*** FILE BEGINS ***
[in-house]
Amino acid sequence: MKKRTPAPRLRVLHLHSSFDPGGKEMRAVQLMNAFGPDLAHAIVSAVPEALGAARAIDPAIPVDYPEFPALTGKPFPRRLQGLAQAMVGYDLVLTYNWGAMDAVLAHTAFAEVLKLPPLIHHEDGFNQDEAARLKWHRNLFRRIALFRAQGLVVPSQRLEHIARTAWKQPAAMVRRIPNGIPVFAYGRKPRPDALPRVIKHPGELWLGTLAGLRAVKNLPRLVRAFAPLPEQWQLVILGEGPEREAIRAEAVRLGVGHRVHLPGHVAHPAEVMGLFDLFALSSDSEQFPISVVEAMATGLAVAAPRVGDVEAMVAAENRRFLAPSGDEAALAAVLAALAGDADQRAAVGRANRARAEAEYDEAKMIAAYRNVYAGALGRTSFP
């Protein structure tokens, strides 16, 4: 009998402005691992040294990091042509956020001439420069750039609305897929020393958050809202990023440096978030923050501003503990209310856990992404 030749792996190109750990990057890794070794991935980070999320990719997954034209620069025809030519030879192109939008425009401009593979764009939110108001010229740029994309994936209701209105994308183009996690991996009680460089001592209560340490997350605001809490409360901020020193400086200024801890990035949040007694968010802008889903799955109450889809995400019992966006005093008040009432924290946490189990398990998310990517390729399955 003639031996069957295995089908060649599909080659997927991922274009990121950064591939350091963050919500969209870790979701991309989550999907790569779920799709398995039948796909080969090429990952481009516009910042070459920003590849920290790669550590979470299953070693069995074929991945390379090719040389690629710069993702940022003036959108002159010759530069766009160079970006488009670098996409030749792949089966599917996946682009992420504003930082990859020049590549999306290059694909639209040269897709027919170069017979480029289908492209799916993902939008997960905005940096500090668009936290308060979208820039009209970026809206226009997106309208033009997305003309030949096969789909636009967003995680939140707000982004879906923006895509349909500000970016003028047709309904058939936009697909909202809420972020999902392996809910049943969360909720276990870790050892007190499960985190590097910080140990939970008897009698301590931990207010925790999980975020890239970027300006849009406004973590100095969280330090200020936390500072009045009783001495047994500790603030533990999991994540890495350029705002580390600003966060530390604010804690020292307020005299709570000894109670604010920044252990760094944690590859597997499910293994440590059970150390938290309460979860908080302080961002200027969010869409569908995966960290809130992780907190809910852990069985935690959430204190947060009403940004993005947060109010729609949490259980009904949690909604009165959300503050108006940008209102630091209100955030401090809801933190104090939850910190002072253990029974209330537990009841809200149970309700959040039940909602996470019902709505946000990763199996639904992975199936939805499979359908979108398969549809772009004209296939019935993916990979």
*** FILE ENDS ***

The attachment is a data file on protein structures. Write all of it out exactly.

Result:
[in-house]
Amino acid sequence: MKKRTPAPRLRVLHLHSSFDPGGKEMRAVQLMNAFGPDLAHAIVSAVPEALGAARAIDPAIPVDYPEFPALTGKPFPRRLQGLAQAMVGYDLVLTYNWGAMDAVLAHTAFAEVLKLPPLIHHEDGFNQDEAARLKWHRNLFRRIALFRAQGLVVPSQRLEHIARTAWKQPAAMVRRIPNGIPVFAYGRKPRPDALPRVIKHPGELWLGTLAGLRAVKNLPRLVRAFAPLPEQWQLVILGEGPEREAIRAEAVRLGVGHRVHLPGHVAHPAEVMGLFDLFALSSDSEQFPISVVEAMATGLAVAAPRVGDVEAMVAAENRRFLAPSGDEAALAAVLAALAGDADQRAAVGRANRARAEAEYDEAKMIAAYRNVYAGALGRTSFP
């Protein structure tokens, strides 16, 4: 009998402005691992040294990091042509956020001439420069750039609305897929020393958050809202990023440096978030923050501003503990209310856990992404 030749792996190109750990990057890794070794991935980070999320990719997954034209620069025809030519030879192109939008425009401009593979764009939110108001010229740029994309994936209701209105994308183009996690991996009680460089001592209560340490997350605001809490409360901020020193400086200024801890990035949040007694968010802008889903799955109450889809995400019992966006005093008040009432924290946490189990398990998310990517390729399955 003639031996069957295995089908060649599909080659997927991922274009990121950064591939350091963050919500969209870790979701991309989550999907790569779920799709398995039948796909080969090429990952481009516009910042070459920003590849920290790669550590979470299953070693069995074929991945390379090719040389690629710069993702940022003036959108002159010759530069766009160079970006488009670098996409030749792949089966599917996946682009992420504003930082990859020049590549999306290059694909639209040269897709027919170069017979480029289908492209799916993902939008997960905005940096500090668009936290308060979208820039009209970026809206226009997106309208033009997305003309030949096969789909636009967003995680939140707000982004879906923006895509349909500000970016003028047709309904058939936009697909909202809420972020999902392996809910049943969360909720276990870790050892007190499960985190590097910080140990939970008897009698301590931990207010925790999980975020890239970027300006849009406004973590100095969280330090200020936390500072009045009783001495047994500790603030533990999991994540890495350029705002580390600003966060530390604010804690020292307020005299709570000894109670604010920044252990760094944690590859597997499910293994440590059970150390938290309460979860908080302080961002200027969010869409569908995966960290809130992780907190809910852990069985935690959430204190947060009403940004993005947060109010729609949490259980009904949690909604009165959300503050108006940008209102630091209100955030401090809801933190104090939850910190002072253990029974209330537990009841809200149970309700959040039940909602996470019902709505946000990763199996639904992975199936939805499979359908979108398969549809772009004209296939019935993916990979």